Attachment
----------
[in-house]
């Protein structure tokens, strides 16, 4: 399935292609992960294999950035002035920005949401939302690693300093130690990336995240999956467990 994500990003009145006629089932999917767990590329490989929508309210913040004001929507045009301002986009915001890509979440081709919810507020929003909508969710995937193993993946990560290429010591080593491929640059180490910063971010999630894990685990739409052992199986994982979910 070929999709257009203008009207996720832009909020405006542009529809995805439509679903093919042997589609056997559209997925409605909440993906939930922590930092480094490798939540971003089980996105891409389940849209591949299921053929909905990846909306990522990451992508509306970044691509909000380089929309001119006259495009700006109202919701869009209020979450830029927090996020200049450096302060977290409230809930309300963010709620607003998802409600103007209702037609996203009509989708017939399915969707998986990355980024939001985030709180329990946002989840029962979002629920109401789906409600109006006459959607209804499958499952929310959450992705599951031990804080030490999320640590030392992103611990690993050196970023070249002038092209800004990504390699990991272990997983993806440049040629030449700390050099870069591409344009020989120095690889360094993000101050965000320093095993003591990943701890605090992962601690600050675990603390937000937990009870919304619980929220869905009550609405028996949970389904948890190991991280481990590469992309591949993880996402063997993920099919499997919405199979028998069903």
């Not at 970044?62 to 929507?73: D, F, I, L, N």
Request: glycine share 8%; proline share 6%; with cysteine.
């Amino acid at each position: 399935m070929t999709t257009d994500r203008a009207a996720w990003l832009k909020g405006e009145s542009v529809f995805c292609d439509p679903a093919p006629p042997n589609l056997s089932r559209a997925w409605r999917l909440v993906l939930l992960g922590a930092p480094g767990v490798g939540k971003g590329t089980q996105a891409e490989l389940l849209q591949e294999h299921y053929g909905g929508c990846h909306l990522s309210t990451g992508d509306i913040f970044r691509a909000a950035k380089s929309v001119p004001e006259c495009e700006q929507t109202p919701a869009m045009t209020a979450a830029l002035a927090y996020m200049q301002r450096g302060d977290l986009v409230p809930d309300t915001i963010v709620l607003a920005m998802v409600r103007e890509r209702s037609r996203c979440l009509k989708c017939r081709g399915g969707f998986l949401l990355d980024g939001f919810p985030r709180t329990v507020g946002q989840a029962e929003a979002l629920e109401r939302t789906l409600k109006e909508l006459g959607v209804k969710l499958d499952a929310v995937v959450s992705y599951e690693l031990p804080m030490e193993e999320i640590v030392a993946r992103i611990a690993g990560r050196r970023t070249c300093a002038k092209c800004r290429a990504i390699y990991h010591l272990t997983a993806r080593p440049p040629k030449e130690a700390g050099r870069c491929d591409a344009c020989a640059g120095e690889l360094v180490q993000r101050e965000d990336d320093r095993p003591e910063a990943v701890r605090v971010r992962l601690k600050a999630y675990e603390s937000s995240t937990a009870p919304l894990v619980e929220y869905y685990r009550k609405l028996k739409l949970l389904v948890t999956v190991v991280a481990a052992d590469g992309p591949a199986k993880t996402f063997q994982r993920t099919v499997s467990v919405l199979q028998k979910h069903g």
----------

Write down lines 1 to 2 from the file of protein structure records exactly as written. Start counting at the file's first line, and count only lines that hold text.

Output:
[in-house]
């Protein structure tokens, strides 16, 4: 399935292609992960294999950035002035920005949401939302690693300093130690990336995240999956467990 994500990003009145006629089932999917767990590329490989929508309210913040004001929507045009301002986009915001890509979440081709919810507020929003909508969710995937193993993946990560290429010591080593491929640059180490910063971010999630894990685990739409052992199986994982979910 070929999709257009203008009207996720832009909020405006542009529809995805439509679903093919042997589609056997559209997925409605909440993906939930922590930092480094490798939540971003089980996105891409389940849209591949299921053929909905990846909306990522990451992508509306970044691509909000380089929309001119006259495009700006109202919701869009209020979450830029927090996020200049450096302060977290409230809930309300963010709620607003998802409600103007209702037609996203009509989708017939399915969707998986990355980024939001985030709180329990946002989840029962979002629920109401789906409600109006006459959607209804499958499952929310959450992705599951031990804080030490999320640590030392992103611990690993050196970023070249002038092209800004990504390699990991272990997983993806440049040629030449700390050099870069591409344009020989120095690889360094993000101050965000320093095993003591990943701890605090992962601690600050675990603390937000937990009870919304619980929220869905009550609405028996949970389904948890190991991280481990590469992309591949993880996402063997993920099919499997919405199979028998069903």